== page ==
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From Geoff Howard <ghow...@crosswalk.com>
Subject RE: [RT]: Calculating the cache key
Date Tue, 21 May 2002 15:10:45 GMT
The performance of key comparison is especially important for high traffic
sites (like ours).  An idea I've had to decrease this importance is:

An *option* to have the pipeline do asynchron cache validation - if a cached
item exists, use it *then* check it's validity (or cause it to be checked)
and remove it from the store if it was expired.  This is attractive to us
because we'll have many steps that will need to be checked (many of our
pages will involve 5 or 6 or more generators aggregated and included) and
the performance hit of generating and comparing all those keys is scary.
This integrates well with the external cache validity concept that Marcelo
Ochoa/DBPrism has been working on.
 
Geoff Howard

-----Original Message-----
From: Carsten Ziegeler [mailto:cziegeler@s-und-n.de]
Sent: Tuesday, May 21, 2002 9:16 AM
To: cocoon-dev@xml.apache.org
Subject: RE: [RT]: Calculating the cache key



Berin Loritsch wrote:
> 
> <snip/>
> 
> I'm wondering about the whole hash algorithm.  Concatenating
> strings can get expensive, especially if it is done in multiple
> sections mutliple times.  The fact is that hash values as a long
> provide a virtually limitless number of possibilities for cache
> values in a site.  With 2^32 (or over 4 billion unique entries)
> you are not likely to ever need to repeat.
> 
> Here is the algorythm for a string hash:
> 
> s[0]*31^(n-1) + s[1]*31^(n-2) + ... + s[n-1]
> 
> 
> Your possible hash values are limited by the values that can
> exist in a string.  The shorter your string the fewer possible
> values.  The fact that they use 31 as a multiplier is only so
> that they can spread the hash values better (multiples of 2
> are even more limiting).
> 
> Using the formula, you can translate this:
> 
> "http://localhost:8080/cocoon/hello.html"
> 
> into this:
> 
> 'h'*31^(39-1) + 't'*31^(39-2) .... + 'l'
> 
> I'll let you do the math yourself.

Yes, but what if my strings are, let's say 1000 characters long?
And looking at the code for example in the xslt transformer or
some other places this is a realistic value.

> 
> It also means that computing the hash key takes a proportionate
> amount of time based on the length of the string.  What makes it
> worse is the fact that the unique part of the string is only after
> the "http://localhost:8080/cocoon/" section.  We are doing more
> work for less gain.
> 
> All a hashCode is supposed to buy us is a quick way to get to the
> information we need.  A way to get us to the "bucket" if you will,
> which if there are collisions we need to iterate through the entries
> in the bucket until we find our match.  This takes even longer when
> we are dealing with strings.
> 
> What we need is a way of either generating a match based on a GUID
> (Globally Unique IDentifier), or create a compound key that has
> a group of id's generated from each component.  The compound key
> approach has a drawback in that in order to match a key, you have to
> iterate through all the parts of the key.  However you can easily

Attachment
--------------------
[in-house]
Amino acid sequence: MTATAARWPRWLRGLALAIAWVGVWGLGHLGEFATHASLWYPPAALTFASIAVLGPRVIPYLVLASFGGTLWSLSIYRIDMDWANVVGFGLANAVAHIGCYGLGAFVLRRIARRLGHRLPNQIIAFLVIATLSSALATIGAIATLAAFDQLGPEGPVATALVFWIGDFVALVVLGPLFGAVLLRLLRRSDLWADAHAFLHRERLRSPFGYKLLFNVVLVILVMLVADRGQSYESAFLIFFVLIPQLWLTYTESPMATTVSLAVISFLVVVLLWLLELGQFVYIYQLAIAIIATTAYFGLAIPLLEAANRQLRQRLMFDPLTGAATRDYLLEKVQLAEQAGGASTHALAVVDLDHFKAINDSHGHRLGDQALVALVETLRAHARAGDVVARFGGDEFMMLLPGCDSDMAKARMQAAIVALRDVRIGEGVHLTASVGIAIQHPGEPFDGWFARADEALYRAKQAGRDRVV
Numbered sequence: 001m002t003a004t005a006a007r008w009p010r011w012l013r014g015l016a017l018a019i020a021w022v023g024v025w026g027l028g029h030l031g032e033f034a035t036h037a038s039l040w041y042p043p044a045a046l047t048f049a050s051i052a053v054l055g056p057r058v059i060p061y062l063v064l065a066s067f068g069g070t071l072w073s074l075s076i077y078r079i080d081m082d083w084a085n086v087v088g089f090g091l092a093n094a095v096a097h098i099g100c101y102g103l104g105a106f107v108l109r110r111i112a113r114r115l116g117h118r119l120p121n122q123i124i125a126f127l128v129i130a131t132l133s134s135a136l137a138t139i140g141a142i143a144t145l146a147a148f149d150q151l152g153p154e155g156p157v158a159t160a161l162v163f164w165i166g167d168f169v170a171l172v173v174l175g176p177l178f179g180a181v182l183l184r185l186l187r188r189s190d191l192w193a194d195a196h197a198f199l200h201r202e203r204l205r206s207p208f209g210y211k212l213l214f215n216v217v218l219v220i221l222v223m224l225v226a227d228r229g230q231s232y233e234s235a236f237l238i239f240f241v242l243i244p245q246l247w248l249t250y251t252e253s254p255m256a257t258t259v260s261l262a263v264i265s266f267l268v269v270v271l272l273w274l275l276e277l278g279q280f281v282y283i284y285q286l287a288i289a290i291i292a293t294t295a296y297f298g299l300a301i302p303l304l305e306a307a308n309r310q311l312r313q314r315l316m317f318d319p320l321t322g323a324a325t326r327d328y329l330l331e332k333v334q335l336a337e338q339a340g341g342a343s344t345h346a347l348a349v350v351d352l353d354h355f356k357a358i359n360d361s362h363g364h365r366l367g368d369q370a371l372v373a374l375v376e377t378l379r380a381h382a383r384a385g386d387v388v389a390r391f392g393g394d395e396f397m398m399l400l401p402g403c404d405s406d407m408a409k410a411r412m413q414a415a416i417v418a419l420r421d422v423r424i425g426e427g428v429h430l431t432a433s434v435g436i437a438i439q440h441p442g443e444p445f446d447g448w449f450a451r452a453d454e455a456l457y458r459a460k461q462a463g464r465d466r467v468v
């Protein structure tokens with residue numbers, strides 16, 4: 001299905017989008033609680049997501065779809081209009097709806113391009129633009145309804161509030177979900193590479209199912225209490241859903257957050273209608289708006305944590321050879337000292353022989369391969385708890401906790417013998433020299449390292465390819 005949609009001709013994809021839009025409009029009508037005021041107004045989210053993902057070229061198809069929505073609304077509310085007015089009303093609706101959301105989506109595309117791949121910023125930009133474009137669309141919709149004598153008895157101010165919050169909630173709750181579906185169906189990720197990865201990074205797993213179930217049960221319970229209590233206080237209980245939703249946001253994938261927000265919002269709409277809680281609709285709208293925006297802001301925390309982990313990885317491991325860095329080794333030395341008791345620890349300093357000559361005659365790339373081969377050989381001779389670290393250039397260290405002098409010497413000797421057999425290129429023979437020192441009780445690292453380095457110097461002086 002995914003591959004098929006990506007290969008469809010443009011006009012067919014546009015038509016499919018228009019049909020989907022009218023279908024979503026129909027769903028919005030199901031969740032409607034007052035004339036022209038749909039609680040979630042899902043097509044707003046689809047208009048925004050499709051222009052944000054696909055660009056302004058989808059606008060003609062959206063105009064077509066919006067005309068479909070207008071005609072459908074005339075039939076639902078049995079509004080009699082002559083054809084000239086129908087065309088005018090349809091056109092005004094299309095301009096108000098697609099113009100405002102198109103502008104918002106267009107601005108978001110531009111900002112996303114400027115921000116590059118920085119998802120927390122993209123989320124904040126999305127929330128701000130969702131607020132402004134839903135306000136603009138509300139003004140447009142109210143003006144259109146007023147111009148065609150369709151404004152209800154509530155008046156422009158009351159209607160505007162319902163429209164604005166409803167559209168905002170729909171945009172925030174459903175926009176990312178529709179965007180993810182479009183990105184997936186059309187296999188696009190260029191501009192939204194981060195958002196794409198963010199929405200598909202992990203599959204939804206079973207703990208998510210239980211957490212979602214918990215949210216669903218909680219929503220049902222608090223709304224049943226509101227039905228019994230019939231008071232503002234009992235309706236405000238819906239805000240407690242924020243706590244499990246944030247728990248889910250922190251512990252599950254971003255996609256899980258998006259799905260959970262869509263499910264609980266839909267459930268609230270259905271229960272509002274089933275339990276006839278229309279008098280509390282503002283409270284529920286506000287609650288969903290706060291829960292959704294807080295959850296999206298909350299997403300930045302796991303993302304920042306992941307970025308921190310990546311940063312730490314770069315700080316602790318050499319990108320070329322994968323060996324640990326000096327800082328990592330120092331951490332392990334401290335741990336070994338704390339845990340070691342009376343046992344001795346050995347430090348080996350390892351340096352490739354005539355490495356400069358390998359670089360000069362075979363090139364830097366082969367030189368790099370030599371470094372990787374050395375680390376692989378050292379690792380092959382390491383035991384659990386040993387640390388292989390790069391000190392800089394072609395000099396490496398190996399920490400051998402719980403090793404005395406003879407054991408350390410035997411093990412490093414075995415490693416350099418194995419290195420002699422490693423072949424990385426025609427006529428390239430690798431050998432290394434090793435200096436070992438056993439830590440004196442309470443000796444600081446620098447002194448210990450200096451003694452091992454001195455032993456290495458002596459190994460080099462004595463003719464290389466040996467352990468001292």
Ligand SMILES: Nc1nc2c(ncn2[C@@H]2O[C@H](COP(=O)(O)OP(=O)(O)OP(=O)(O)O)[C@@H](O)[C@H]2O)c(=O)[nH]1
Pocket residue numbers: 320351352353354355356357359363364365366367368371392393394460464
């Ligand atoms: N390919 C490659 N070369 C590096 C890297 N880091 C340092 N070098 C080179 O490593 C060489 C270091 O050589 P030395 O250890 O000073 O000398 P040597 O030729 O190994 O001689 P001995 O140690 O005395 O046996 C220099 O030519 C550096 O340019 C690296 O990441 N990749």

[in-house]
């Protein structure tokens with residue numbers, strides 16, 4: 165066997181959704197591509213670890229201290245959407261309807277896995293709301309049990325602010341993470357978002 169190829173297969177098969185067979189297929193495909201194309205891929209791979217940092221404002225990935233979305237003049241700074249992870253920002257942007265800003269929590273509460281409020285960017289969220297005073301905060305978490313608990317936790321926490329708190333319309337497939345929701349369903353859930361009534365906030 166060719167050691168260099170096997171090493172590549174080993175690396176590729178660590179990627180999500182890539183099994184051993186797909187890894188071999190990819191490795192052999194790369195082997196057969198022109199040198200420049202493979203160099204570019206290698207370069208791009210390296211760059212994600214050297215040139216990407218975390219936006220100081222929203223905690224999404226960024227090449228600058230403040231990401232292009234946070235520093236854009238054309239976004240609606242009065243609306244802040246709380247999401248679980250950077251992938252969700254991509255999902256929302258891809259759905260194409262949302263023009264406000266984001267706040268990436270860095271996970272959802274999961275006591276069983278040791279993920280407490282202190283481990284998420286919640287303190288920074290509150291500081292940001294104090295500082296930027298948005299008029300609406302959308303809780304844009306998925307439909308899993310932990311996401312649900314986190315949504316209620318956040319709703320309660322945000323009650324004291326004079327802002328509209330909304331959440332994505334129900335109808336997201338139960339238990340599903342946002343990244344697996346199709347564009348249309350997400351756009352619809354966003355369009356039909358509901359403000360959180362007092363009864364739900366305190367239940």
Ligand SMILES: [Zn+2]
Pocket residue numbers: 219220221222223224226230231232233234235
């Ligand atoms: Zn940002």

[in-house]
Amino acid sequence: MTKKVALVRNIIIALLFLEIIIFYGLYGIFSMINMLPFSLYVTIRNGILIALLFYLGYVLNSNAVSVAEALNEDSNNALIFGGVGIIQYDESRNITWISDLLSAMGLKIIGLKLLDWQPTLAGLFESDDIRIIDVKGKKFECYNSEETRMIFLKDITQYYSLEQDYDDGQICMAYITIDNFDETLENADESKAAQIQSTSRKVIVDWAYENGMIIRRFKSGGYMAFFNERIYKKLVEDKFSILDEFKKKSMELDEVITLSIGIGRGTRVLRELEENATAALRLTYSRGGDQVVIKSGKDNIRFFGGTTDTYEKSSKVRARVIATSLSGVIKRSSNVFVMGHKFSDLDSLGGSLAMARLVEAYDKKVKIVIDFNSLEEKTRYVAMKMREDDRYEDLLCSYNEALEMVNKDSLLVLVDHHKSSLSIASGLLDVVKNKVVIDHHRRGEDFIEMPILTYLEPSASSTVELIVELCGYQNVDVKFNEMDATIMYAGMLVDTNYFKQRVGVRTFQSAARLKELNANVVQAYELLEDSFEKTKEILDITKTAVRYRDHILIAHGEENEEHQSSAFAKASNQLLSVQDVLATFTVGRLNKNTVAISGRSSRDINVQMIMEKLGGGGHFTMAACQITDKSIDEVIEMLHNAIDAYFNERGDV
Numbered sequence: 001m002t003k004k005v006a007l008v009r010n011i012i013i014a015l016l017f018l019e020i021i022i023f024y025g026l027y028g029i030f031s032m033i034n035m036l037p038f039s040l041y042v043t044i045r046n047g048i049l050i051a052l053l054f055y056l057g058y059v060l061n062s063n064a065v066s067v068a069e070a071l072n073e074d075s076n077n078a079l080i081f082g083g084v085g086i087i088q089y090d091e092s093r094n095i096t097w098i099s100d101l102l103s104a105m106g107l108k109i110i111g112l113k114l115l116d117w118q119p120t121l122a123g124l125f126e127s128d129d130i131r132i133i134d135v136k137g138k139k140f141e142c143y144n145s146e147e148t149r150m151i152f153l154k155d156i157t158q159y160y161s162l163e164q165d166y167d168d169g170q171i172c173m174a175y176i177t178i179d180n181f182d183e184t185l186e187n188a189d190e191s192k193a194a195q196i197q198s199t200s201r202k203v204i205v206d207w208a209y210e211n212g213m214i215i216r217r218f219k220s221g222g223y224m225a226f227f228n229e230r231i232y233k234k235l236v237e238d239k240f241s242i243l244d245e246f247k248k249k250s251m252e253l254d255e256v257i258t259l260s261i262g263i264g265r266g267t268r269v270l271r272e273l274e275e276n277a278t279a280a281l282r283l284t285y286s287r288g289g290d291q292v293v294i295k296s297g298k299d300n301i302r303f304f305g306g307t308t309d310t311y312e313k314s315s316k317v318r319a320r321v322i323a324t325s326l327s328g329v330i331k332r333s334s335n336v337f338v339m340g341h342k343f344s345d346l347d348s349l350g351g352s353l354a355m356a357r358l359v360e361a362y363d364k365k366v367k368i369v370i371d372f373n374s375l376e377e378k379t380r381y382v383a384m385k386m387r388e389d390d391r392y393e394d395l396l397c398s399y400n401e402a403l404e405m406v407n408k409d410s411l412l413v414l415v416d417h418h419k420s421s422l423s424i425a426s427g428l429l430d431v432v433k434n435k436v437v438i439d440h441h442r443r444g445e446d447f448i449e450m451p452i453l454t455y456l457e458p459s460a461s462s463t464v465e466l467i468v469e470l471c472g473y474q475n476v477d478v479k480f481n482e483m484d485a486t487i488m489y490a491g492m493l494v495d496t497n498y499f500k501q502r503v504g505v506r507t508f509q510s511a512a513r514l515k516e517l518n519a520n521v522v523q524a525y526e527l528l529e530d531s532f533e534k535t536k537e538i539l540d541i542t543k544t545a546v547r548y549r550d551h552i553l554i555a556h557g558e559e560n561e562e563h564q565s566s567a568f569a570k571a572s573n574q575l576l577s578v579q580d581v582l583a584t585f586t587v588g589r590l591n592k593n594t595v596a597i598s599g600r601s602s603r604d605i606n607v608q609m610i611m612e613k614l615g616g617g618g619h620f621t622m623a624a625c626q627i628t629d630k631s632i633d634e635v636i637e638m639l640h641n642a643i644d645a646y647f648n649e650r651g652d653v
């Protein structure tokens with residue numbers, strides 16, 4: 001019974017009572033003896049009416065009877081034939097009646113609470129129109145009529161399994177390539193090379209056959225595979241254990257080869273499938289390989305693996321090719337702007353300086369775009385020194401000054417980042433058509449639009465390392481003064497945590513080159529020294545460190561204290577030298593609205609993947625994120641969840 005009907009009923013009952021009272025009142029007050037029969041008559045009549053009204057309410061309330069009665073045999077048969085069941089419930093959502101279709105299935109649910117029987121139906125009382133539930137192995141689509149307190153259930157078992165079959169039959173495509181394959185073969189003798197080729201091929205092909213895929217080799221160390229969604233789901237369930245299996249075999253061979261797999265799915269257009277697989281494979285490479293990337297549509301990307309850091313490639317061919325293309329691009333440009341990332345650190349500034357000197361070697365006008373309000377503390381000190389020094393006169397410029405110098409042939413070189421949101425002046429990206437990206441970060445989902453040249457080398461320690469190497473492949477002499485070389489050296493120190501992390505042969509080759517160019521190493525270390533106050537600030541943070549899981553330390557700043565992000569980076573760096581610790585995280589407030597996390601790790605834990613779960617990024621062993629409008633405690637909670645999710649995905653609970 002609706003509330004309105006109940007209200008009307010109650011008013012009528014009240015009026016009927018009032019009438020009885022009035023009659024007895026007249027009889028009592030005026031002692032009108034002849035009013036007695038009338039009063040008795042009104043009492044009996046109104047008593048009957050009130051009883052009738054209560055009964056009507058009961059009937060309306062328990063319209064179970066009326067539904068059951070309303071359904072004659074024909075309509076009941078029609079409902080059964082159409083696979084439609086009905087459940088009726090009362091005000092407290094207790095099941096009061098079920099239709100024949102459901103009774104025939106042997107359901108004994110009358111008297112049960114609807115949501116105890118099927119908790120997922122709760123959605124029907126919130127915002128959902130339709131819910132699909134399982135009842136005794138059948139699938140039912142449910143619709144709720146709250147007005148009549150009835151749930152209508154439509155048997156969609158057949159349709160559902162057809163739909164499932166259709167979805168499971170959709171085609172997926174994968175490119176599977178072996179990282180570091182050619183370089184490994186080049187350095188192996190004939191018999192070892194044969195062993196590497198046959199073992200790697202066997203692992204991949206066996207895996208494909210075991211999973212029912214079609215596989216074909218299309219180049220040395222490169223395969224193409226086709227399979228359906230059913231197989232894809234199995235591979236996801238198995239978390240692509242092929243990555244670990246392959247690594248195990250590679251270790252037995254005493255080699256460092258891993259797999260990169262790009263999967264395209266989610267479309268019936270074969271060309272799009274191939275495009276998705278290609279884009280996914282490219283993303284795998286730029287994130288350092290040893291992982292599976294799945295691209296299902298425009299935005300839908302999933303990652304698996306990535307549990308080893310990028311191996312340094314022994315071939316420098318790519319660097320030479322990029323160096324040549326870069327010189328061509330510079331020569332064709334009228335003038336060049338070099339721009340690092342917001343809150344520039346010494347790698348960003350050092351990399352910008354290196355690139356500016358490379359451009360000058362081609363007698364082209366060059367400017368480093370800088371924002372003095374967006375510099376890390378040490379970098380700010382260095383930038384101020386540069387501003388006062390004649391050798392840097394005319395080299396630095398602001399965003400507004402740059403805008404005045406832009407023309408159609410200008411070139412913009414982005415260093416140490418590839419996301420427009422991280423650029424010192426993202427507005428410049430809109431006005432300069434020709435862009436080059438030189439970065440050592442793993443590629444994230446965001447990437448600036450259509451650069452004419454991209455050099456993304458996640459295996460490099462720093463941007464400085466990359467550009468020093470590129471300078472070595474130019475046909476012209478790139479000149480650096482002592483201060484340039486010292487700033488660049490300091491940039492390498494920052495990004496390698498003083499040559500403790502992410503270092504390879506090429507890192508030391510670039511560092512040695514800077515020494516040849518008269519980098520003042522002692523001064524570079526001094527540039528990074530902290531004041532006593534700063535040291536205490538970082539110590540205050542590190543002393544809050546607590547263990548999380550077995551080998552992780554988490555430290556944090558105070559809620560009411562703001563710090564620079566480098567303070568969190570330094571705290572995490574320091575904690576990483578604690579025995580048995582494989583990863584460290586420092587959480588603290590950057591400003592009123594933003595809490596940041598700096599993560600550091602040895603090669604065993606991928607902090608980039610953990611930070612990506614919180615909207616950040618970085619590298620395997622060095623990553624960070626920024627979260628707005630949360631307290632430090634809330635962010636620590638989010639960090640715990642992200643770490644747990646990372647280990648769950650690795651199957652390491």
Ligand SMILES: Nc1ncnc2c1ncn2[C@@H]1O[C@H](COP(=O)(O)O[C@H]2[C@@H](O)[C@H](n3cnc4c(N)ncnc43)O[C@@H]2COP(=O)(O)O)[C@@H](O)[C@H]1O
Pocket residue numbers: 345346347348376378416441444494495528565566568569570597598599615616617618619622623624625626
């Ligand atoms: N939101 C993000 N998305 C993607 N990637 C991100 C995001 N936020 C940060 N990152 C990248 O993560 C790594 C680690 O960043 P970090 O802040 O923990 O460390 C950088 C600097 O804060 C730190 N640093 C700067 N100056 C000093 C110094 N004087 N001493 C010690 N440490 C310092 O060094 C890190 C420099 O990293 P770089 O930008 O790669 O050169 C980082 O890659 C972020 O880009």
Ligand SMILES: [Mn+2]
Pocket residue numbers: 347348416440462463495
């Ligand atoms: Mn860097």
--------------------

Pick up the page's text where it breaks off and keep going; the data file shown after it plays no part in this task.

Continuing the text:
> generate a hash value from the parts, and there are fewer parts.
> 
> Consider a compound key that has an int for each part.  That integer
> is made up of the top half marking the component ID (there will be less
> than 65,536 unique types of components), and the unique entry within
> that component (another 65,536 entries).  We can shift the balance
> as necessary, but keep up.  A compound key has one part for each
> component that is part of the pipeline.  Something like this:
> 
> p[0]=fe01b342 { FileGenerator, resource="hello.xml" }
> p[1]=fb021431 { XSLTTransformer, resource="layout.xsl" }
> p[2]=fb02542e { XSLTTransformer, resource="skin.xsl" }
> p[3]=fc010000 { HtmlSerializer }
> 
> This is a compound key with only four entries (much quicker to iterate
> through the entries than a really long string).  The Hash algorithm is
> an exercise I can let people far more intelligent than I to come up
> with.
> Basically it should be driven by the four entries.
> 
> Perhaps something along these lines:
> 
> s[0]%n*2^(32/n) + s[1]%n*s^(32/n) .. s[n-1]%n*s^(32/n)
> 
> I'm no genious, but I think it is better than working with strings if
> we really don't have to.
> 
The current caching algorithm uses this compound key with the exception
that the longs are used to build a string:

"FileGenerator:fe01b342;XSLTTransformer:fb021431;XSLTTransformer:fb02542e;
HTMLSerializer:1"

This string can than simply be used for comparissions etc.

The string approach was used as the algorithm does not know how many
components the key will have beforehand. So the array for holding all 
the components has to be build dynamically, which decreases performance
a little bit.

Of course, I see your point, that comparing a (hashed) long value is much
faster than comparing strings. 

But to build the hash value a lot of string operations are used anyway
and the hashing takes time. And all this has to be done to compare two 
keys.
So is it really still faster than simply concatenating strings and
comparing them?

I really don't know - perhaps we could write a performance test case
and see what's faster.

Carsten

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